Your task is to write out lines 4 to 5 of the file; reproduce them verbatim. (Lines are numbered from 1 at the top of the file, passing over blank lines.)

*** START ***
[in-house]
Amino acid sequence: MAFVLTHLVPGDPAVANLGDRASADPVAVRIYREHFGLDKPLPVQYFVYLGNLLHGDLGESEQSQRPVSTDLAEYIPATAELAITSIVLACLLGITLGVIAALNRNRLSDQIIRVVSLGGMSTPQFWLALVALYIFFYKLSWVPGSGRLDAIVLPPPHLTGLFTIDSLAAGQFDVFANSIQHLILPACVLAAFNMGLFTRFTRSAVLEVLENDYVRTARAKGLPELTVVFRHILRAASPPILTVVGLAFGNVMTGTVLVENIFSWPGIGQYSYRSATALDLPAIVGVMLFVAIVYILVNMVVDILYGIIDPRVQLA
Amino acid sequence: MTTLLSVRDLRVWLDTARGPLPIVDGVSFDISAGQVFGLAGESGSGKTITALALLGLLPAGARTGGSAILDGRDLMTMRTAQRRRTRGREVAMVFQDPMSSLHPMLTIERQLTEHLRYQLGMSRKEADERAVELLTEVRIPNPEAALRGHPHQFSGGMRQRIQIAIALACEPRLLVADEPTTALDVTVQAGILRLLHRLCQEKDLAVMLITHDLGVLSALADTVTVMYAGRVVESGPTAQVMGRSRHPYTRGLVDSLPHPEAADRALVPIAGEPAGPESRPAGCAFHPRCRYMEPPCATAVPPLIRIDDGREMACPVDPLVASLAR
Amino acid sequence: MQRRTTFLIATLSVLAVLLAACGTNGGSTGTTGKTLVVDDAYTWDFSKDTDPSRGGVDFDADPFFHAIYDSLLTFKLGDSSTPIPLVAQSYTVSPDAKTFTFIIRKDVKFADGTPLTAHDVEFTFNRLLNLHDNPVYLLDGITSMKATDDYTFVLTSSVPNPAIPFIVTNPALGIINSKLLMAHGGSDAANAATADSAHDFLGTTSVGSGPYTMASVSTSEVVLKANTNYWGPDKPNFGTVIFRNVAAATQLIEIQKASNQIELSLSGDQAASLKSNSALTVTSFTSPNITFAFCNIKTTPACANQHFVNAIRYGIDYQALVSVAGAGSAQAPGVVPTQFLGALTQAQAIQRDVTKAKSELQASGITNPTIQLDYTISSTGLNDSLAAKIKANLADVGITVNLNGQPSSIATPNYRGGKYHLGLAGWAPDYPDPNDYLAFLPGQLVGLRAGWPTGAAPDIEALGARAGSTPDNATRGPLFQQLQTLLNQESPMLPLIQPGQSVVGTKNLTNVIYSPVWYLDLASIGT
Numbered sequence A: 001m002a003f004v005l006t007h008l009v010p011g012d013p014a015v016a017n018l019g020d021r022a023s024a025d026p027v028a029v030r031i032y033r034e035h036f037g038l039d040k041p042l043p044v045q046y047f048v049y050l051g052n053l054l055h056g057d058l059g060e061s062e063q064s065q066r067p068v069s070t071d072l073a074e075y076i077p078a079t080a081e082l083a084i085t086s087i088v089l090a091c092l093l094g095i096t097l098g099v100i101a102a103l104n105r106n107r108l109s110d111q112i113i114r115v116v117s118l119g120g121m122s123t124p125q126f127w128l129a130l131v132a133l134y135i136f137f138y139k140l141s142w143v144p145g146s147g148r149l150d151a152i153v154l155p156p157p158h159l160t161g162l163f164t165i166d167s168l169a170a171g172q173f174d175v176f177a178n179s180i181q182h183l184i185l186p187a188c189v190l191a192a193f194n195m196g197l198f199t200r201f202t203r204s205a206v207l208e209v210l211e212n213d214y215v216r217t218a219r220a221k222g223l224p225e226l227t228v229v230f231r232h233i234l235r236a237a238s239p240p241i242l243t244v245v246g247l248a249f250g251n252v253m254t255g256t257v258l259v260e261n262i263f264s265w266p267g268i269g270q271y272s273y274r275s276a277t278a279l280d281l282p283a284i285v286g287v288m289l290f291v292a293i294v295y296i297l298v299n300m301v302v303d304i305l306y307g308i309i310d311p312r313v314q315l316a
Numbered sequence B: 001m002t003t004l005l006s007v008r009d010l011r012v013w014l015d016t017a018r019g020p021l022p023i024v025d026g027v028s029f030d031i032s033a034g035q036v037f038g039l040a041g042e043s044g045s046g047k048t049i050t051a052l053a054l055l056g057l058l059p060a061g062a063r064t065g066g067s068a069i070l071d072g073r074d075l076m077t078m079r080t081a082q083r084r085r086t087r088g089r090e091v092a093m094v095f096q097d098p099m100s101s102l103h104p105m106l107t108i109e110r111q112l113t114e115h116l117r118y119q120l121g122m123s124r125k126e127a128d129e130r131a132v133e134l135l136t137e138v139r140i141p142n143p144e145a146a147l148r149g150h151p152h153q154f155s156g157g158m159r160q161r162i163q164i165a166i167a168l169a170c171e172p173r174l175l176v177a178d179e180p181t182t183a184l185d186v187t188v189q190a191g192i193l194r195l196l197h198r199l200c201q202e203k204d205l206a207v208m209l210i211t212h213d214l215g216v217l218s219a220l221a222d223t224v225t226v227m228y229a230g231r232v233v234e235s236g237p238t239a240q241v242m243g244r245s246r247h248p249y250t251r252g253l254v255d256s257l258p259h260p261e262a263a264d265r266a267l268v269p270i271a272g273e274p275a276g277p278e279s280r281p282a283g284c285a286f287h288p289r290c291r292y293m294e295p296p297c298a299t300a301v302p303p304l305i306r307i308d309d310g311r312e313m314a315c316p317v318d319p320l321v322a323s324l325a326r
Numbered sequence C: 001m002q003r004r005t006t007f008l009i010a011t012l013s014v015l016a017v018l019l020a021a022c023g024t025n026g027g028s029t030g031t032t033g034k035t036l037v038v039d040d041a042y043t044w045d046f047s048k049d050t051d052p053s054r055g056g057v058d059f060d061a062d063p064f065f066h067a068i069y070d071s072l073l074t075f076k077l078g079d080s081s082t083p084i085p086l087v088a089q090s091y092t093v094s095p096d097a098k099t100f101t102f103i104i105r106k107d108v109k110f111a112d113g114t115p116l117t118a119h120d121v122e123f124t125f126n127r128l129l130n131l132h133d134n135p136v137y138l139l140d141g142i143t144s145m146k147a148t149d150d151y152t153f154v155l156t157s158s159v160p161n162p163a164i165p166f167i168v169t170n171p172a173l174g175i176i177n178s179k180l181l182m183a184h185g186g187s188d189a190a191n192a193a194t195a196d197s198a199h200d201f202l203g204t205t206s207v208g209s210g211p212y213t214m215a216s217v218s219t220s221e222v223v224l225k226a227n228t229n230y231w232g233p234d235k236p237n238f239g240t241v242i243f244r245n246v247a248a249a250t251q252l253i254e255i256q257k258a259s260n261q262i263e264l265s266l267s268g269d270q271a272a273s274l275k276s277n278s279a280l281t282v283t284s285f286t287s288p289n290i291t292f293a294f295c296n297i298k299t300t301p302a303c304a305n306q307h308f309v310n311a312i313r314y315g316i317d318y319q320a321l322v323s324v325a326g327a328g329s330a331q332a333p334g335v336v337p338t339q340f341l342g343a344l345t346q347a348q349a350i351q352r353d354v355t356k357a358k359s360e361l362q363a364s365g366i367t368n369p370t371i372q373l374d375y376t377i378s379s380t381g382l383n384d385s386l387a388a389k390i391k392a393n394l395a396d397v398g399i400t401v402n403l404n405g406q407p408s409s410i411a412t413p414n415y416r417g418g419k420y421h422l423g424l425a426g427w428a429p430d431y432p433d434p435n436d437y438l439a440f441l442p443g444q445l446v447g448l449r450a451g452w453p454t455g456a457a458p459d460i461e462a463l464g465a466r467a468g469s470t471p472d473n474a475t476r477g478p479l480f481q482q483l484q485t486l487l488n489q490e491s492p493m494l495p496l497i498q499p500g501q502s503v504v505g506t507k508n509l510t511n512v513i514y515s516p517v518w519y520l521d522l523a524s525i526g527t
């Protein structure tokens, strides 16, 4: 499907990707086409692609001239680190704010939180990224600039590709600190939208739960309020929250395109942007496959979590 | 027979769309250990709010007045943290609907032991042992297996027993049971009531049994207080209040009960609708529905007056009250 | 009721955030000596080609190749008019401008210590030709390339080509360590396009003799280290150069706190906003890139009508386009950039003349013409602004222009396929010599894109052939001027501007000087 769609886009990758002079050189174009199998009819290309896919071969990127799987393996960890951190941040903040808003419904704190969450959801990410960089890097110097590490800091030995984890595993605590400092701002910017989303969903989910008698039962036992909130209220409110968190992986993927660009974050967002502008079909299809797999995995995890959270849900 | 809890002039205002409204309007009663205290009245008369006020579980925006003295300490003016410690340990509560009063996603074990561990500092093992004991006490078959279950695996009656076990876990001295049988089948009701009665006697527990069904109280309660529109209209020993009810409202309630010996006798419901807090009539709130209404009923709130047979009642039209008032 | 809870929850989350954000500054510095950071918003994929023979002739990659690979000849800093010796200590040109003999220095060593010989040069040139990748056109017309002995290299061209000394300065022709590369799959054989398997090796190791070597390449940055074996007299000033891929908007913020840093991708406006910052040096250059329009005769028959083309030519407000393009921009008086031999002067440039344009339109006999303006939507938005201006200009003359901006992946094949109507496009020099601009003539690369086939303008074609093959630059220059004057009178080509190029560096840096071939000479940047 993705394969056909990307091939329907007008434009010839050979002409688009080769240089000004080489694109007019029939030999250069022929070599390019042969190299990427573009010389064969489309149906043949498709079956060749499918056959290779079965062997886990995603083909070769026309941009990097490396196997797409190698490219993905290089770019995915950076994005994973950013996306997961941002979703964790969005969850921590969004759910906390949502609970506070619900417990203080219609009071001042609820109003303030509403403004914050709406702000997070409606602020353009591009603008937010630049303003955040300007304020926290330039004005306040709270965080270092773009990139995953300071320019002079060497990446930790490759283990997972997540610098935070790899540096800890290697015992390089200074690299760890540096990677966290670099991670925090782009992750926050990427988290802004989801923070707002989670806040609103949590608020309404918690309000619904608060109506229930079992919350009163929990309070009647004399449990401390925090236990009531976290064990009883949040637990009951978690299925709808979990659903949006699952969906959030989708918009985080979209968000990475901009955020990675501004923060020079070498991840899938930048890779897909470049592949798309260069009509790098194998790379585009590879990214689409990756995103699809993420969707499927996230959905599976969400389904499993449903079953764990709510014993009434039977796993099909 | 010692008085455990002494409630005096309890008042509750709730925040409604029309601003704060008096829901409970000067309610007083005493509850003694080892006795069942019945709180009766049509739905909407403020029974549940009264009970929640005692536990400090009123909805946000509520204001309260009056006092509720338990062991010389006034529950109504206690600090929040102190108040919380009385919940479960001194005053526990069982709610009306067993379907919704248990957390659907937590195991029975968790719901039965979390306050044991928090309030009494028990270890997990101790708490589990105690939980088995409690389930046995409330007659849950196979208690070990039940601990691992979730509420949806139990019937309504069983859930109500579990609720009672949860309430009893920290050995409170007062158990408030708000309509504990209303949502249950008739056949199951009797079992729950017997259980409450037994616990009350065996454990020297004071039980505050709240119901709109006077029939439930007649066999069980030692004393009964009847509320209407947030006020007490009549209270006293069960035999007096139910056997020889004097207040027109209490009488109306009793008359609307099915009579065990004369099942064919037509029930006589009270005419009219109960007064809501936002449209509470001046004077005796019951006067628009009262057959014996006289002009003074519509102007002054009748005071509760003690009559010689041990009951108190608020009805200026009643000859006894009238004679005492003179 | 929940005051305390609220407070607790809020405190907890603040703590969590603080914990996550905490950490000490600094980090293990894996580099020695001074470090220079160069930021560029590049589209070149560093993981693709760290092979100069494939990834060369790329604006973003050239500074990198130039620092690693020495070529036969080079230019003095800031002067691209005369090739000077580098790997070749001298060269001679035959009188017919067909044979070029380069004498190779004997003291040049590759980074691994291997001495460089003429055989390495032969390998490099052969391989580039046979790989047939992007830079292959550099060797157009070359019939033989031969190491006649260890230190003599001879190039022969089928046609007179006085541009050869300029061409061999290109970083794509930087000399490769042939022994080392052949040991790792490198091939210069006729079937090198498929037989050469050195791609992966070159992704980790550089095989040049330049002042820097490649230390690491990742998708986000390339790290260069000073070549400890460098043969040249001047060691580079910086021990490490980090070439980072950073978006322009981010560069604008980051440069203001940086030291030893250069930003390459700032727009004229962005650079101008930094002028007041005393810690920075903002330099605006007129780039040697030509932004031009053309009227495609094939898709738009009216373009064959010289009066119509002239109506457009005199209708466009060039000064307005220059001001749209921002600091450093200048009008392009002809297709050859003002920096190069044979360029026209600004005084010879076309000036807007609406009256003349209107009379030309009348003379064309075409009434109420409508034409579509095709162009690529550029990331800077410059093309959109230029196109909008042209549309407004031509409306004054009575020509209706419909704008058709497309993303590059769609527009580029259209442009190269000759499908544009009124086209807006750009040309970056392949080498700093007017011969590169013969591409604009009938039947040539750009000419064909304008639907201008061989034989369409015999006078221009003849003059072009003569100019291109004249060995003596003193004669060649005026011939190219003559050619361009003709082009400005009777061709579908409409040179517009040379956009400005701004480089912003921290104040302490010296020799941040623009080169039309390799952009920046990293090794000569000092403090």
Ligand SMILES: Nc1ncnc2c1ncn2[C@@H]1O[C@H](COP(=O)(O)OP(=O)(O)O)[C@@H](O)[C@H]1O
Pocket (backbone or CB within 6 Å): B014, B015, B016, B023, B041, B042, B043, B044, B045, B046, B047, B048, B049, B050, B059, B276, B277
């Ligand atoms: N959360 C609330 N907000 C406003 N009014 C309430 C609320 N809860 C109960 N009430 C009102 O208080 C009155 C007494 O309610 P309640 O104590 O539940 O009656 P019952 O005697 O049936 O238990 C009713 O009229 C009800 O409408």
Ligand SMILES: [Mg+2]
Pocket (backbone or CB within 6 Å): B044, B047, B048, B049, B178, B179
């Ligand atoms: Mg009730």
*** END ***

Amino acid sequence: MQRRTTFLIATLSVLAVLLAACGTNGGSTGTTGKTLVVDDAYTWDFSKDTDPSRGGVDFDADPFFHAIYDSLLTFKLGDSSTPIPLVAQSYTVSPDAKTFTFIIRKDVKFADGTPLTAHDVEFTFNRLLNLHDNPVYLLDGITSMKATDDYTFVLTSSVPNPAIPFIVTNPALGIINSKLLMAHGGSDAANAATADSAHDFLGTTSVGSGPYTMASVSTSEVVLKANTNYWGPDKPNFGTVIFRNVAAATQLIEIQKASNQIELSLSGDQAASLKSNSALTVTSFTSPNITFAFCNIKTTPACANQHFVNAIRYGIDYQALVSVAGAGSAQAPGVVPTQFLGALTQAQAIQRDVTKAKSELQASGITNPTIQLDYTISSTGLNDSLAAKIKANLADVGITVNLNGQPSSIATPNYRGGKYHLGLAGWAPDYPDPNDYLAFLPGQLVGLRAGWPTGAAPDIEALGARAGSTPDNATRGPLFQQLQTLLNQESPMLPLIQPGQSVVGTKNLTNVIYSPVWYLDLASIGT
Numbered sequence A: 001m002a003f004v005l006t007h008l009v010p011g012d013p014a015v016a017n018l019g020d021r022a023s024a025d026p027v028a029v030r031i032y033r034e035h036f037g038l039d040k041p042l043p044v045q046y047f048v049y050l051g052n053l054l055h056g057d058l059g060e061s062e063q064s065q066r067p068v069s070t071d072l073a074e075y076i077p078a079t080a081e082l083a084i085t086s087i088v089l090a091c092l093l094g095i096t097l098g099v100i101a102a103l104n105r106n107r108l109s110d111q112i113i114r115v116v117s118l119g120g121m122s123t124p125q126f127w128l129a130l131v132a133l134y135i136f137f138y139k140l141s142w143v144p145g146s147g148r149l150d151a152i153v154l155p156p157p158h159l160t161g162l163f164t165i166d167s168l169a170a171g172q173f174d175v176f177a178n179s180i181q182h183l184i185l186p187a188c189v190l191a192a193f194n195m196g197l198f199t200r201f202t203r204s205a206v207l208e209v210l211e212n213d214y215v216r217t218a219r220a221k222g223l224p225e226l227t228v229v230f231r232h233i234l235r236a237a238s239p240p241i242l243t244v245v246g247l248a249f250g251n252v253m254t255g256t257v258l259v260e261n262i263f264s265w266p267g268i269g270q271y272s273y274r275s276a277t278a279l280d281l282p283a284i285v286g287v288m289l290f291v292a293i294v295y296i297l298v299n300m301v302v303d304i305l306y307g308i309i310d311p312r313v314q315l316a